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Algeria: blogger faces death penalty for Facebook post and YouTube video

Merzoug Touati
Merzoug Touati has already been behind bars for nearly a year-and-a-half © Private

Charges against university graduate Merzoug Touati include ‘incitement to gatherings and sit-ins in public spaces’

‘It is ludicrous that a Facebook post expressing peaceful opinion could lead to the death penalty’ - Heba Morayef

An Algerian blogger faces the death penalty on trumped-up espionage charges for a Facebook post and a YouTube video in a trial scheduled to start tomorrow.

Merzoug Touati, who has already been in detention for nearly a year-and-a-half, is accused of encouraging civil unrest. 

In a post on 2 January last year, Mr Touati called for residents in the northern city of Béjaïa to protest against a new finance law. In the second post on YouTube six days later, the blogger interviewed an Israeli foreign ministry spokesperson in which he disputes accusations by the Algerian authorities that the Israeli authorities were involved in protests in Algeria. 

Amnesty has reviewed court documents which list as “evidence” posts published by Touati before his Facebook account and website were deleted and found that there was no incitement to violence or advocacy of hatred. His posts were covered by freedom of expression in relation to his work as a citizen-journalist and Amnesty considers Touati a prisoner of conscience held solely for expressing his peaceful opinions.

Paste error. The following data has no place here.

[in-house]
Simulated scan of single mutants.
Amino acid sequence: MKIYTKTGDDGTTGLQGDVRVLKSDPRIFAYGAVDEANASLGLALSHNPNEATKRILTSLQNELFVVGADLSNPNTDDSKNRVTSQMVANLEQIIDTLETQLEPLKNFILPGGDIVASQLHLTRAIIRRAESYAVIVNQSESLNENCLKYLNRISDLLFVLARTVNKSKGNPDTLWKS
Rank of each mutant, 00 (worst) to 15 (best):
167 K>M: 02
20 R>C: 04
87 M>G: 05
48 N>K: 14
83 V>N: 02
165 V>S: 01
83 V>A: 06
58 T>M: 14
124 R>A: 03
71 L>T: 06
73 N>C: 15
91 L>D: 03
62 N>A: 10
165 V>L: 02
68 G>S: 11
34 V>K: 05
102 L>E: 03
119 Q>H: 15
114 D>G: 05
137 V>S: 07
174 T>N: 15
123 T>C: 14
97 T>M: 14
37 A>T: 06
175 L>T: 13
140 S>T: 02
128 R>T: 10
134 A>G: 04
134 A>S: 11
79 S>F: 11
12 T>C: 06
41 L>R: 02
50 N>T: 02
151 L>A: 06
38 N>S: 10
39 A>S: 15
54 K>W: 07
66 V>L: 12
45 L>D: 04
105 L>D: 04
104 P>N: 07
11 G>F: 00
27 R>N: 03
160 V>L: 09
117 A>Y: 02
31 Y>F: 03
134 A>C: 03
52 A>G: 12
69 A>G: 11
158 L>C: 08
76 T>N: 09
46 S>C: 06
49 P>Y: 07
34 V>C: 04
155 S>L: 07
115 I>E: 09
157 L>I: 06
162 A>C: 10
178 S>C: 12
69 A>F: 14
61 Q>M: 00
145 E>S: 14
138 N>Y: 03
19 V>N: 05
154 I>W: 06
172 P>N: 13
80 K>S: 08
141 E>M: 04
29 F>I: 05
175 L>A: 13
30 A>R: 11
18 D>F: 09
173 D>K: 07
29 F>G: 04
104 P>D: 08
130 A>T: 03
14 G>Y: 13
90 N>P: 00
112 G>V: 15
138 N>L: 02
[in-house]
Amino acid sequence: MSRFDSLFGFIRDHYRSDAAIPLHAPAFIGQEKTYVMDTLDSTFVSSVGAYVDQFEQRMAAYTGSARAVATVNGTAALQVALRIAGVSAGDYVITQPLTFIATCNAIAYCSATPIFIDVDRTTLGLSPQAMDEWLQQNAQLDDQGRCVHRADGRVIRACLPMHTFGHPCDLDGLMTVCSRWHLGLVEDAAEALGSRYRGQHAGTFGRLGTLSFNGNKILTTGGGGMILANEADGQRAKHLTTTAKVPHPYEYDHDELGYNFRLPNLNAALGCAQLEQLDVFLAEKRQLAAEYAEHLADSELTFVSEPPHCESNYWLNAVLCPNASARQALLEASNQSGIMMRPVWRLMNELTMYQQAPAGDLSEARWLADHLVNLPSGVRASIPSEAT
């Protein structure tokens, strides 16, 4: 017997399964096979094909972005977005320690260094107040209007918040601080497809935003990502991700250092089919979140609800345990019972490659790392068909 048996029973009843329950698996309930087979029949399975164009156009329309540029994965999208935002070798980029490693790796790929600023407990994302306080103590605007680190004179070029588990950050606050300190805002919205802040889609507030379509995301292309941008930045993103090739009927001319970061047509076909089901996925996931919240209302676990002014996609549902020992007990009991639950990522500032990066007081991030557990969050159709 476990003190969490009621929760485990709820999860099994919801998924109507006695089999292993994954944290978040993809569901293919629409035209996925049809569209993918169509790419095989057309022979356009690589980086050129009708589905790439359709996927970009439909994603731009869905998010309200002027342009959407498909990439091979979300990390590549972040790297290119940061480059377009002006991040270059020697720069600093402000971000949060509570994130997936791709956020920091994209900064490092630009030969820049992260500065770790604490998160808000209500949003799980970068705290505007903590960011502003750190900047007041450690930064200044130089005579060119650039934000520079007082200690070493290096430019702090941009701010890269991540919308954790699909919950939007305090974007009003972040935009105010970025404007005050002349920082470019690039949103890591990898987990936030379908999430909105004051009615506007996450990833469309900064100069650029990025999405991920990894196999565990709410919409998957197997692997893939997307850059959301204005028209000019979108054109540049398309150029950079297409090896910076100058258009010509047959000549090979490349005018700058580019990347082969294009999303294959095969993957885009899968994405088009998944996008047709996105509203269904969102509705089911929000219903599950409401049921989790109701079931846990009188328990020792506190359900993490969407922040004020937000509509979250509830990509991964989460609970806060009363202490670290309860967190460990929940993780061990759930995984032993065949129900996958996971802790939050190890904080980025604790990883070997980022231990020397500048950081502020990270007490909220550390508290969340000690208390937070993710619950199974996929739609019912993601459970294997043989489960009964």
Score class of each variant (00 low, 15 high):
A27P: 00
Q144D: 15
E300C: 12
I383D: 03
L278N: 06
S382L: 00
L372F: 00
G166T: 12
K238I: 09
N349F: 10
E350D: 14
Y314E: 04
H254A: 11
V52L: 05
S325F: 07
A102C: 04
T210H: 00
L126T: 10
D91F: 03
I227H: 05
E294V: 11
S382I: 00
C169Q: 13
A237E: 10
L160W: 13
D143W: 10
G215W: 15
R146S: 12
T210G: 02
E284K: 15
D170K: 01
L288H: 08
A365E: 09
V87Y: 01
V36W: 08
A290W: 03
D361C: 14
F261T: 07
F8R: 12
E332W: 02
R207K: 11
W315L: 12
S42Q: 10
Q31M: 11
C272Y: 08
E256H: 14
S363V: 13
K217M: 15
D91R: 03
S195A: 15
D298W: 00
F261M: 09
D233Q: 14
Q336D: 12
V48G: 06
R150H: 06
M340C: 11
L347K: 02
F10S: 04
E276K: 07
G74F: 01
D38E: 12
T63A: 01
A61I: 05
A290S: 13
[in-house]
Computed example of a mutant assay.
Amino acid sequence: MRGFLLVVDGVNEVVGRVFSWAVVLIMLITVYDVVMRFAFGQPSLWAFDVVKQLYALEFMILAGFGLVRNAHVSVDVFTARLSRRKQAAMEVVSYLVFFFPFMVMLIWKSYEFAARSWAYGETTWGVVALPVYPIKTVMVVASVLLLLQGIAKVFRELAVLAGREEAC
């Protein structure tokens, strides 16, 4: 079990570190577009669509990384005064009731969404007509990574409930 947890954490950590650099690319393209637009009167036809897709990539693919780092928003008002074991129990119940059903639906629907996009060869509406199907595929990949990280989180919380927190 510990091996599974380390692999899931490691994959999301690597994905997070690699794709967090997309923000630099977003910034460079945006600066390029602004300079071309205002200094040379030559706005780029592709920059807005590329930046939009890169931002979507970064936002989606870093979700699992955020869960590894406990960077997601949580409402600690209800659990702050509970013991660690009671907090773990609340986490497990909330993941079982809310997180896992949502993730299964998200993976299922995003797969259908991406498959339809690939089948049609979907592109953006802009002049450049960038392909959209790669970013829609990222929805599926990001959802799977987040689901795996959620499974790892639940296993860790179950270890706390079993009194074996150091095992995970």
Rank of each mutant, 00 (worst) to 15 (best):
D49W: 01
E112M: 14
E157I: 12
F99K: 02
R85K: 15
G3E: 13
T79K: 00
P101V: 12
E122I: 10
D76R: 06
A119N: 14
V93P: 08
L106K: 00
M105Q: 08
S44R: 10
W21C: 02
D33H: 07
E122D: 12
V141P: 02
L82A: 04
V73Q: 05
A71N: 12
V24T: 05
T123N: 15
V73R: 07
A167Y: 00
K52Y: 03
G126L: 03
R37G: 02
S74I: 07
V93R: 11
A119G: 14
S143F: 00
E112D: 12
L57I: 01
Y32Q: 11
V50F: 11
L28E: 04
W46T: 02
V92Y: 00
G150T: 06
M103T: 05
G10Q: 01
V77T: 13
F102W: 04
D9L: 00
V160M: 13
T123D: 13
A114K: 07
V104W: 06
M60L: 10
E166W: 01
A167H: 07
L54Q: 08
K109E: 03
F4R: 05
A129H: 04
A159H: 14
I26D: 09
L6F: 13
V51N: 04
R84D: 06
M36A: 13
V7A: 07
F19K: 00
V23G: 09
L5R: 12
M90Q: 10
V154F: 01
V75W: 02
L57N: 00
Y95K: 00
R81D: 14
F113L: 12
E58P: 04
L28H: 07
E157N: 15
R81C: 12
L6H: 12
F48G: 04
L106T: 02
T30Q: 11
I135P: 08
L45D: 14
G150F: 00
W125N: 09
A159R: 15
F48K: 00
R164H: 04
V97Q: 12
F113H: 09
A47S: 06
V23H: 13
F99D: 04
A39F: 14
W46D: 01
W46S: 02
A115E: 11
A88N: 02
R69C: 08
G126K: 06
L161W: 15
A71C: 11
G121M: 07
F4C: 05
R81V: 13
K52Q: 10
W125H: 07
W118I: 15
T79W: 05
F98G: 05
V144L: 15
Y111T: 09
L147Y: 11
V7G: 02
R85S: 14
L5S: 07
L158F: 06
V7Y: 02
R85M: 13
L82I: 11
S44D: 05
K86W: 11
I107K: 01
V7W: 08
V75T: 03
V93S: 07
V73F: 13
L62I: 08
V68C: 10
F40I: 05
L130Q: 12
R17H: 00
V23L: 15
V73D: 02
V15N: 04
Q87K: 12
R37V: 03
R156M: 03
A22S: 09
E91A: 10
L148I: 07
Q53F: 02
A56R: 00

Touati is a university graduate who was unemployed at the time of his arrest and not  affiliated to a political party or association. In 2015, he began to run a Facebook page and a blog called, since deleted, writing about political and human rights developments in Algeria. During his interrogation, Touati told the investigative judge that the interviews he’d conducted with diplomats, human rights defenders and activists from different religious and political backgrounds were for his online articles. 

Touati has been in detention since 22 January last year and is currently held in El Khemis prison in Béjaïa. He has conducted at least three hunger strikes to protest against his extended detention.

Heba Morayef, Amnesty International’s Middle East and North Africa Regional Director, said: 

“Every day Merzoug Touati spends in prison is one day too many and a further stain on Algeria’s human rights record. 

“It is ludicrous that a Facebook post expressing peaceful opinion could lead to the death penalty. 

“Algeria must immediately free Touati, a prisoner of conscience, awaiting trial solely for expressing himself online.”

History of the case

Police arrested Merzoug Touati on 18 January 2017. 

On 22 January, the investigative judge in the Béjaïa Tribunal ordered Touati’s pre-trial detention pending investigation on charges including incitement to violence and espionage. 

On 24 October, the Indictment Chamber of the Béjaïa Court formally referred the case to the Criminal Court charging Touati with “incitement to take up arms against the authority of the state”, “incitement to non-armed gathering”, “foreign intelligence aiming at harming diplomatic ties”, as well as “incitement to gatherings and sit-ins in public spaces”.

In November, defence lawyers appealed against the indictment decision before the country’s Supreme Court, but last month Touati asked his lawyers to drop this appeal for fear it would take longer than the Criminal Court’s own verdict. 

Touati’s lawyer Salah Dabouz told Amnesty that the blogger’s detention “has been extended on two occasions for four months, the second of which expired on 22 January 2018. However, the investigative judge failed to order another renewal since then”. 

Article 59 of the Algerian Constitution states that provisional detention should be exceptional and that arbitrary arrest is punished by law.


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